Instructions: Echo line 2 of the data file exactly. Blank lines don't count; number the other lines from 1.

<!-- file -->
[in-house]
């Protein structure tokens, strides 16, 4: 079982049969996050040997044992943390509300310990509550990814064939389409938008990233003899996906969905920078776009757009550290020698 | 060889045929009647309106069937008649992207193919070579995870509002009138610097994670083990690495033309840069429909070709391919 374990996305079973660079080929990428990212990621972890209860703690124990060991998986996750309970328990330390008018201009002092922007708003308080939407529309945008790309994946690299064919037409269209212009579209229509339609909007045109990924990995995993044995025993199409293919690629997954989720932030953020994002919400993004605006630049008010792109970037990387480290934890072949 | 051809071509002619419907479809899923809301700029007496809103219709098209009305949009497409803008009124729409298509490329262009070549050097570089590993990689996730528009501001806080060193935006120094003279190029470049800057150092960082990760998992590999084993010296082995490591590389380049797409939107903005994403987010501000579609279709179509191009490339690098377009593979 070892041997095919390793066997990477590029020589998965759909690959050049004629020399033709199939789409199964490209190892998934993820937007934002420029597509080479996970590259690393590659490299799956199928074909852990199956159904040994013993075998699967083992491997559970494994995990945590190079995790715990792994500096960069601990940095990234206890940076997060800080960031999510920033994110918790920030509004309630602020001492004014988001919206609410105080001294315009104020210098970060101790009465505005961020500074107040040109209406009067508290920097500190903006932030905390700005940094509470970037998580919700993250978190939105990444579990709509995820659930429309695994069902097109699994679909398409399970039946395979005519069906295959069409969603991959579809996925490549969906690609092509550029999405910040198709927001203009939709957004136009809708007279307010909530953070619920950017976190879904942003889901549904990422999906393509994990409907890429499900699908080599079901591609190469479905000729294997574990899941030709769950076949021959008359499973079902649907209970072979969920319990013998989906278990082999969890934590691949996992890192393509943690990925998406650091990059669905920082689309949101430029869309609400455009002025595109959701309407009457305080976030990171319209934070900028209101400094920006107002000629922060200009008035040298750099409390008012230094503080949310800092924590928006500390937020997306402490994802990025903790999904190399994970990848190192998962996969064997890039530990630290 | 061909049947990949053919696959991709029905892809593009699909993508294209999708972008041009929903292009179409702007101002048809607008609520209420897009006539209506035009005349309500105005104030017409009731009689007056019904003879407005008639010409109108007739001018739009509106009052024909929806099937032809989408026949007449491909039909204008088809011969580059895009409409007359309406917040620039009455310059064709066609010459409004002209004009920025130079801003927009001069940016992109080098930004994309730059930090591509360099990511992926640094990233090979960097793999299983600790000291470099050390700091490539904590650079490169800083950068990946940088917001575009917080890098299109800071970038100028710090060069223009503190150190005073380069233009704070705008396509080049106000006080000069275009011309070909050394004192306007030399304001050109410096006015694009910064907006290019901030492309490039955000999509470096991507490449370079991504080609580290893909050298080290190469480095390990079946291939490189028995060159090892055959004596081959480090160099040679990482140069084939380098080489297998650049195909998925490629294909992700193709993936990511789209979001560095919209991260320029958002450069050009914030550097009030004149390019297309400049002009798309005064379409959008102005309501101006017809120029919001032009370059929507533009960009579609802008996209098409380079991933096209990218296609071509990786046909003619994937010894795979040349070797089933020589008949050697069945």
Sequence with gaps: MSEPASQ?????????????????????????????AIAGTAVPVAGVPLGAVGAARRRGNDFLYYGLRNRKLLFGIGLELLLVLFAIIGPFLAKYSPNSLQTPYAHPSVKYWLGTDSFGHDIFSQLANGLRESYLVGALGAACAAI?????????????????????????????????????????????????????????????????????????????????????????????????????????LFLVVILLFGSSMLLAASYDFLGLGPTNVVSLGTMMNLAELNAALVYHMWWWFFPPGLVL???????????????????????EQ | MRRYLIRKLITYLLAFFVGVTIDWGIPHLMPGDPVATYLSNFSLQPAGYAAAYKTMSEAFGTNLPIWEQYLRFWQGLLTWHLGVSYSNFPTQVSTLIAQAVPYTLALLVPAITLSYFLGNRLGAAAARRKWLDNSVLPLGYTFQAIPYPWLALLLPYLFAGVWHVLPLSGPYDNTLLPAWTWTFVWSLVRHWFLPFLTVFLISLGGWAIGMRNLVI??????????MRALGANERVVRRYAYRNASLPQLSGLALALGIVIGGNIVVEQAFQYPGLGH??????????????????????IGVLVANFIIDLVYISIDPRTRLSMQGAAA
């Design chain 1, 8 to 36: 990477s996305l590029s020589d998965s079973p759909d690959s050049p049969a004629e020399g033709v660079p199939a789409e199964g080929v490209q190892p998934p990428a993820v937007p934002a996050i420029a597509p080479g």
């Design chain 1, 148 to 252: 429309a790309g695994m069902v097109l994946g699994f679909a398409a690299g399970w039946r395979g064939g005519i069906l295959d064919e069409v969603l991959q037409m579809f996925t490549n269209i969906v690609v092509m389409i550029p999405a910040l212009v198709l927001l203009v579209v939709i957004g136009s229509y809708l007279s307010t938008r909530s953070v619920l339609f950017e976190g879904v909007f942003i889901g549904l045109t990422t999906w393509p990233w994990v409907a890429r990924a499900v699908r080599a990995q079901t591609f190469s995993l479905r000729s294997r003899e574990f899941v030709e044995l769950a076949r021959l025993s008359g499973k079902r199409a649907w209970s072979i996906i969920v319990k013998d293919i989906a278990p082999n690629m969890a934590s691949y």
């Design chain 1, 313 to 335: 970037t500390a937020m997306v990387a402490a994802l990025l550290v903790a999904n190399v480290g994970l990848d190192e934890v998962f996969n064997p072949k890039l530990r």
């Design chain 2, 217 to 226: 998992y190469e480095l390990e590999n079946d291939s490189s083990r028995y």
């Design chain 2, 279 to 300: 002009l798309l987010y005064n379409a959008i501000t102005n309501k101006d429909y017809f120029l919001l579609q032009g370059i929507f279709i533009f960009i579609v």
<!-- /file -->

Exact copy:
């Protein structure tokens, strides 16, 4: 079982049969996050040997044992943390509300310990509550990814064939389409938008990233003899996906969905920078776009757009550290020698 | 060889045929009647309106069937008649992207193919070579995870509002009138610097994670083990690495033309840069429909070709391919 374990996305079973660079080929990428990212990621972890209860703690124990060991998986996750309970328990330390008018201009002092922007708003308080939407529309945008790309994946690299064919037409269209212009579209229509339609909007045109990924990995995993044995025993199409293919690629997954989720932030953020994002919400993004605006630049008010792109970037990387480290934890072949 | 051809071509002619419907479809899923809301700029007496809103219709098209009305949009497409803008009124729409298509490329262009070549050097570089590993990689996730528009501001806080060193935006120094003279190029470049800057150092960082990760998992590999084993010296082995490591590389380049797409939107903005994403987010501000579609279709179509191009490339690098377009593979 070892041997095919390793066997990477590029020589998965759909690959050049004629020399033709199939789409199964490209190892998934993820937007934002420029597509080479996970590259690393590659490299799956199928074909852990199956159904040994013993075998699967083992491997559970494994995990945590190079995790715990792994500096960069601990940095990234206890940076997060800080960031999510920033994110918790920030509004309630602020001492004014988001919206609410105080001294315009104020210098970060101790009465505005961020500074107040040109209406009067508290920097500190903006932030905390700005940094509470970037998580919700993250978190939105990444579990709509995820659930429309695994069902097109699994679909398409399970039946395979005519069906295959069409969603991959579809996925490549969906690609092509550029999405910040198709927001203009939709957004136009809708007279307010909530953070619920950017976190879904942003889901549904990422999906393509994990409907890429499900699908080599079901591609190469479905000729294997574990899941030709769950076949021959008359499973079902649907209970072979969920319990013998989906278990082999969890934590691949996992890192393509943690990925998406650091990059669905920082689309949101430029869309609400455009002025595109959701309407009457305080976030990171319209934070900028209101400094920006107002000629922060200009008035040298750099409390008012230094503080949310800092924590928006500390937020997306402490994802990025903790999904190399994970990848190192998962996969064997890039530990630290 | 061909049947990949053919696959991709029905892809593009699909993508294209999708972008041009929903292009179409702007101002048809607008609520209420897009006539209506035009005349309500105005104030017409009731009689007056019904003879407005008639010409109108007739001018739009509106009052024909929806099937032809989408026949007449491909039909204008088809011969580059895009409409007359309406917040620039009455310059064709066609010459409004002209004009920025130079801003927009001069940016992109080098930004994309730059930090591509360099990511992926640094990233090979960097793999299983600790000291470099050390700091490539904590650079490169800083950068990946940088917001575009917080890098299109800071970038100028710090060069223009503190150190005073380069233009704070705008396509080049106000006080000069275009011309070909050394004192306007030399304001050109410096006015694009910064907006290019901030492309490039955000999509470096991507490449370079991504080609580290893909050298080290190469480095390990079946291939490189028995060159090892055959004596081959480090160099040679990482140069084939380098080489297998650049195909998925490629294909992700193709993936990511789209979001560095919209991260320029958002450069050009914030550097009030004149390019297309400049002009798309005064379409959008102005309501101006017809120029919001032009370059929507533009960009579609802008996209098409380079991933096209990218296609071509990786046909003619994937010894795979040349070797089933020589008949050697069945």